During the Muslim rule on Sicily, the island was divided into three different administrative regions: the Val di Noto in the southeast, the Val Demone in the northeast and the Val di Mazara in the west. : wilayah , meaning "province".Each zone has a noticeably different agriculture and topography and they converged near Enna (Castrogiovanni). The term val or vallo (plural valli) is probably derived from the Siculo Arabic
There are many Arab-derived names in the Val di Mazara (and more Christians converted to Islam from this region),are more mixed in the Val di Noto, while Christian (particularly Greek) identities survived strongest in the Val Demone (with the least Arab-derived names), which was the last to fall to the Muslims, where Christian refugees from other parts of Sicily had assembled, and which furthermore remained in contact with Byzantine southern Italy. Even in 21st century Sicily, differences between the east and west of the island are often explained by locals as being due to the Greek and Arab descent of the populations, respectively. Later Christian Lombard settlements would split the remaining Muslims of Sicily in half, separating the Val di Mazara and the Val di Noto.
Even after Muslim rule, the three valli system was still continued up until 1818, when Sicily was divided into seven provinces.From the 16–17th century, the population of Val di Noto expanded the most slowly of the three valli, with Val di Mazara growing the fastest.
The three valli are represented by the three-legged Trinacria symbol, which appears on the flag of Sicily.
Generally, the term can be traced back to Siculo-Arabic through the word wālī (Arabic: وال一). However, the term defines the magistrates in charge of the provinces and not the provinces themselves, which instead were called wilāyah
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Noto is a city and comune in the Province of Syracuse, Sicily, Italy. It is 32 kilometres (20 mi) southwest of the city of Syracuse at the foot of the Iblean Mountains. It lends its name to the surrounding area Val di Noto. In 2002 Noto and its church were declared a UNESCO World Heritage Site.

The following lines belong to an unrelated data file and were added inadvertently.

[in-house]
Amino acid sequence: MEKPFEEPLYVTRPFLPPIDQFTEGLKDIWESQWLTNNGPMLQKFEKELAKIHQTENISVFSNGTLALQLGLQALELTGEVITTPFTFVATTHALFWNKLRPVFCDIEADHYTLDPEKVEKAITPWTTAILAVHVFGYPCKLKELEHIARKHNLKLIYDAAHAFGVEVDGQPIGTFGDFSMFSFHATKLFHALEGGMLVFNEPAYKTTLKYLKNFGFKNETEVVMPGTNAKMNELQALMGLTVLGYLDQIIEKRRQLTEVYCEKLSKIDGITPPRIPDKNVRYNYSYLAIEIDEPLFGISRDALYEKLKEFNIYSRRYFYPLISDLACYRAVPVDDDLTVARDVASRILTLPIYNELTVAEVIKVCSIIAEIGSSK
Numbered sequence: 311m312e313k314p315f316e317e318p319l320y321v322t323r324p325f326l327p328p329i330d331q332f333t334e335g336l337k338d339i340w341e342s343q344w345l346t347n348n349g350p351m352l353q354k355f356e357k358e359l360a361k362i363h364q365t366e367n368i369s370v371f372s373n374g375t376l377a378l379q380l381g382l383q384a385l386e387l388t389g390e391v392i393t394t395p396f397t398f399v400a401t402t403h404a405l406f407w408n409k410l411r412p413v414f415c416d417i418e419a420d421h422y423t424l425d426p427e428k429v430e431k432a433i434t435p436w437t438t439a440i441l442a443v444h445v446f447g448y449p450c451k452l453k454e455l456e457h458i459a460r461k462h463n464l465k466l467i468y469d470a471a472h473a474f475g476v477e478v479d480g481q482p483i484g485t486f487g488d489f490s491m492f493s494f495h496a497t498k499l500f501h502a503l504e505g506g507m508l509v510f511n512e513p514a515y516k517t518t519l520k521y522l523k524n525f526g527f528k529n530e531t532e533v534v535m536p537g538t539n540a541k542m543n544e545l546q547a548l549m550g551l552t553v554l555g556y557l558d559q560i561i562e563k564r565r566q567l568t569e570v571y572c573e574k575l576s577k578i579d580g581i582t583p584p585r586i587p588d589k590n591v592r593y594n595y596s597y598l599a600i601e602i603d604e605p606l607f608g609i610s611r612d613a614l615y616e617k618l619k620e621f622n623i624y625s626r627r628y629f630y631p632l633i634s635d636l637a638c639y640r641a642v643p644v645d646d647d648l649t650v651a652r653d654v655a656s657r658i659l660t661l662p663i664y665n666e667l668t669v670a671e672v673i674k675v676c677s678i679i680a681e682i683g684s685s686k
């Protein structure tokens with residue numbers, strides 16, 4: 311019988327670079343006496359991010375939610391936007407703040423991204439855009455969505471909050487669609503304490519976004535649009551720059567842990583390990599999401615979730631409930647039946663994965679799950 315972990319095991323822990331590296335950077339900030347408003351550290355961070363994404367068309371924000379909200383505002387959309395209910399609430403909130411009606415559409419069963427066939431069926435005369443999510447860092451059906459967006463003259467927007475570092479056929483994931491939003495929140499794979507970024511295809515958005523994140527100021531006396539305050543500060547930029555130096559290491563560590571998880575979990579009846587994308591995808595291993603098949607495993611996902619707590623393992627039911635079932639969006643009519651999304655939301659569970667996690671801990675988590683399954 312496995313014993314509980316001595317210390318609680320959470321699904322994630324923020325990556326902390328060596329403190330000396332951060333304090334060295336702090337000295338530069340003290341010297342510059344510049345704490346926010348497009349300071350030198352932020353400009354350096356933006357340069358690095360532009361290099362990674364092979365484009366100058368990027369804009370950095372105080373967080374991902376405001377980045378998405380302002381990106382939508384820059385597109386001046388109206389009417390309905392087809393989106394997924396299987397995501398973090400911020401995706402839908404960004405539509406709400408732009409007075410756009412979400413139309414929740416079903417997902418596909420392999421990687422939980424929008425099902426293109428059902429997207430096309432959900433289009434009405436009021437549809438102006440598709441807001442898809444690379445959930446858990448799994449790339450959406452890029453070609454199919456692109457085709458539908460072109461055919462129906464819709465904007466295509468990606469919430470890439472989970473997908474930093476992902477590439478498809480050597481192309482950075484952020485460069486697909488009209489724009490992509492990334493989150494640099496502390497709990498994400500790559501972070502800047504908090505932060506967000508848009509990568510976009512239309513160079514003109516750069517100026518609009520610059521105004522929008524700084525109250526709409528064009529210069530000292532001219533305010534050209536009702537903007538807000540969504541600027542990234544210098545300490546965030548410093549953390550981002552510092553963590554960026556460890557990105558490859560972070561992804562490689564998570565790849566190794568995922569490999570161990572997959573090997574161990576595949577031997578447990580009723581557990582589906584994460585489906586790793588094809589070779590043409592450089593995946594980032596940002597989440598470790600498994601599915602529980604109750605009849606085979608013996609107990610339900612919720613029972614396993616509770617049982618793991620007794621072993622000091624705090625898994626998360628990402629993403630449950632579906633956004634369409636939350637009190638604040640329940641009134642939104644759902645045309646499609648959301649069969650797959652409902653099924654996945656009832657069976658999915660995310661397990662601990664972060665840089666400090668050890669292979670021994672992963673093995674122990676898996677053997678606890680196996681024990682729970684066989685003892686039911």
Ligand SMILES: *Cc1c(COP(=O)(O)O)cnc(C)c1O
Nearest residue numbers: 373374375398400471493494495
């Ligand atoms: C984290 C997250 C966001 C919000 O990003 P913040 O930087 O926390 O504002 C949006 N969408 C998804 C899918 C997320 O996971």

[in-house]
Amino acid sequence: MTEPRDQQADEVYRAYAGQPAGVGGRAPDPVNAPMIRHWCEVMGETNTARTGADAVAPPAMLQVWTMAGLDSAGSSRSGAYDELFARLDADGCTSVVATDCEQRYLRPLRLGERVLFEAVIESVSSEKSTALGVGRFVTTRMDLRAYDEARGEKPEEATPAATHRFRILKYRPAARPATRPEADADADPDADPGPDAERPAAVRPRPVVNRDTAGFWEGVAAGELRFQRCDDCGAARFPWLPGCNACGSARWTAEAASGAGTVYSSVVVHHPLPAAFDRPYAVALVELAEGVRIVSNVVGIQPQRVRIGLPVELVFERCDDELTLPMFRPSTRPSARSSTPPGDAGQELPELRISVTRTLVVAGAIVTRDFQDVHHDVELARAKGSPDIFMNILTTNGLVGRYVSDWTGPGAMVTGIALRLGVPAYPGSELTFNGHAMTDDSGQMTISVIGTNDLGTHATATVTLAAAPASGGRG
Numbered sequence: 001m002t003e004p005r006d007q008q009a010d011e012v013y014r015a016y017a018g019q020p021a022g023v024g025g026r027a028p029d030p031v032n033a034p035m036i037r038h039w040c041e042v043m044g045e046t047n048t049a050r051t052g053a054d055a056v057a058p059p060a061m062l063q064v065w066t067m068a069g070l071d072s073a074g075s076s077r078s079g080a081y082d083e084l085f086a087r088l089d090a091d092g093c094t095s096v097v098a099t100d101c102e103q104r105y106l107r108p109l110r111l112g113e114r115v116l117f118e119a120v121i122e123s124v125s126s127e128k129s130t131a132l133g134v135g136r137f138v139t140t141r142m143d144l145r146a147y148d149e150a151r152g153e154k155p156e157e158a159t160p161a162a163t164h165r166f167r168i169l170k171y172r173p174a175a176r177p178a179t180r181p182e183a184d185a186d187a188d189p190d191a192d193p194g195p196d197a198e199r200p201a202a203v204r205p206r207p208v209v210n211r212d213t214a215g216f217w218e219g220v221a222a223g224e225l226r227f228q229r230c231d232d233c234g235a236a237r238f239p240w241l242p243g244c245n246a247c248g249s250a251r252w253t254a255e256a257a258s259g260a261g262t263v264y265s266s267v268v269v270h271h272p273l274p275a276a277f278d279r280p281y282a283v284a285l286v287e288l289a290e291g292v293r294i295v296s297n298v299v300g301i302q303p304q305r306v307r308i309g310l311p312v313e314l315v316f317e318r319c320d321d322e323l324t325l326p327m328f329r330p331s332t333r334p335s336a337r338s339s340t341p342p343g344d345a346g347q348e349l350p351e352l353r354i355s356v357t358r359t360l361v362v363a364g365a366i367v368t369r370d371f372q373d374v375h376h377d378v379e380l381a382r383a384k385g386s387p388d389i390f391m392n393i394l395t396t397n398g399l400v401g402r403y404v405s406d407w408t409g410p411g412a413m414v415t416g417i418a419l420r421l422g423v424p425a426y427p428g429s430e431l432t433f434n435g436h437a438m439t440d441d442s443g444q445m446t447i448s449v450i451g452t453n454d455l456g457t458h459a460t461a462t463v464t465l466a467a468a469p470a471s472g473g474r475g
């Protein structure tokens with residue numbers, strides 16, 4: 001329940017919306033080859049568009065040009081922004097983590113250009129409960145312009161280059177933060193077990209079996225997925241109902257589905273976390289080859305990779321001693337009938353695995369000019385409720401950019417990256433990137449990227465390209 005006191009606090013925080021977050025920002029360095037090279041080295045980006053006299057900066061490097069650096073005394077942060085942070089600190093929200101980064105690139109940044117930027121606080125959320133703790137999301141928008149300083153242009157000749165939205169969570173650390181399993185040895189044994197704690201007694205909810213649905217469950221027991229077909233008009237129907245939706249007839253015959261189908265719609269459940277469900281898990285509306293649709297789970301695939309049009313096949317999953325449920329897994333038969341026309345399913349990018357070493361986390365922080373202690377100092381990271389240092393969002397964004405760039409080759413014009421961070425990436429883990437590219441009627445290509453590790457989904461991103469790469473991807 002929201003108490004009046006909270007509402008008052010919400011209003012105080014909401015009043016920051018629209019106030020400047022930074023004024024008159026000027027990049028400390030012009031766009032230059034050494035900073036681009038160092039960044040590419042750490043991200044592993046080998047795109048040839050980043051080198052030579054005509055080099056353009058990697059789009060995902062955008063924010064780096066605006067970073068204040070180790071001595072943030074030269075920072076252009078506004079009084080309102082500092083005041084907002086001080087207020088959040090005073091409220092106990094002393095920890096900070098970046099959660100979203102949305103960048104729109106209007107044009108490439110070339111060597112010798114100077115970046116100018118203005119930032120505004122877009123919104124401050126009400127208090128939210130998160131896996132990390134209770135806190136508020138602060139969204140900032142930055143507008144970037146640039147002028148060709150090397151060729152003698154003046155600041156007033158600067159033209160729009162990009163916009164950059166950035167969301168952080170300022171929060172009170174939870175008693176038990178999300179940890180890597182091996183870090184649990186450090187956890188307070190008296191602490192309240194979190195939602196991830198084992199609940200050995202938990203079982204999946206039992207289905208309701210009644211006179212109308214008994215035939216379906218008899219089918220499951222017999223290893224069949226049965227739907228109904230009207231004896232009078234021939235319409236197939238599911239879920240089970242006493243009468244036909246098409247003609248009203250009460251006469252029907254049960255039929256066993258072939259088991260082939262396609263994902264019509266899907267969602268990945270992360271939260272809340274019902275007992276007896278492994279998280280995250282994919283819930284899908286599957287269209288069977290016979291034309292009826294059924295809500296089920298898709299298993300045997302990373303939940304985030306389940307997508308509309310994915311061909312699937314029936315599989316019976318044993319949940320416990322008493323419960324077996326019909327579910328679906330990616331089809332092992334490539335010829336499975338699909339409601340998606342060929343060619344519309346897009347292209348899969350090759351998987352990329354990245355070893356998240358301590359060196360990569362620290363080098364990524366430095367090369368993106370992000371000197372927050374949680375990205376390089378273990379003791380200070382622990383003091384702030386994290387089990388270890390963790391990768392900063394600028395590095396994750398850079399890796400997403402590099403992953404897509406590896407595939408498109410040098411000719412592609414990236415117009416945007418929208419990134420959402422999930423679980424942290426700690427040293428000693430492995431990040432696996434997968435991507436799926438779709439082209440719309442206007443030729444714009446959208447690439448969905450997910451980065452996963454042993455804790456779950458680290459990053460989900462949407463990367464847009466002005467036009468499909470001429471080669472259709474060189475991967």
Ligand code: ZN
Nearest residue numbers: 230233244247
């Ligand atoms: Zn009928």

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Val di Noto is a historical and geographical area encompassing the south-eastern third of Sicily; it is dominated by the limestone Hyblaean plateau. Historically, it was one of the three valli of Sicily.
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The Emirate of Sicily was an Islamic kingdom that ruled the island of Sicily from 831 to 1091. Its capital was Palermo, which during this period became a major cultural and political center of the Muslim world.
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The term Norman-Arab-Byzantine culture, Norman-Sicilian culture or, less inclusively, Norman-Arab culture, refers to the interaction of the Norman, Latin, Arab and Byzantine Greek cultures following the Norman conquest of Sicily and of Norman Africa from 1061 to around 1250. The civilization resulted from numerous exchanges in the cultural and scientific fields, based on the tolerance showed by the Normans towards the Greek-speaking populations and the Muslim settlers. As a result, Sicily under the Normans became a crossroad for the interaction between the Norman and Latin Catholic, Byzantine-Orthodox and Arab-Islamic cultures.
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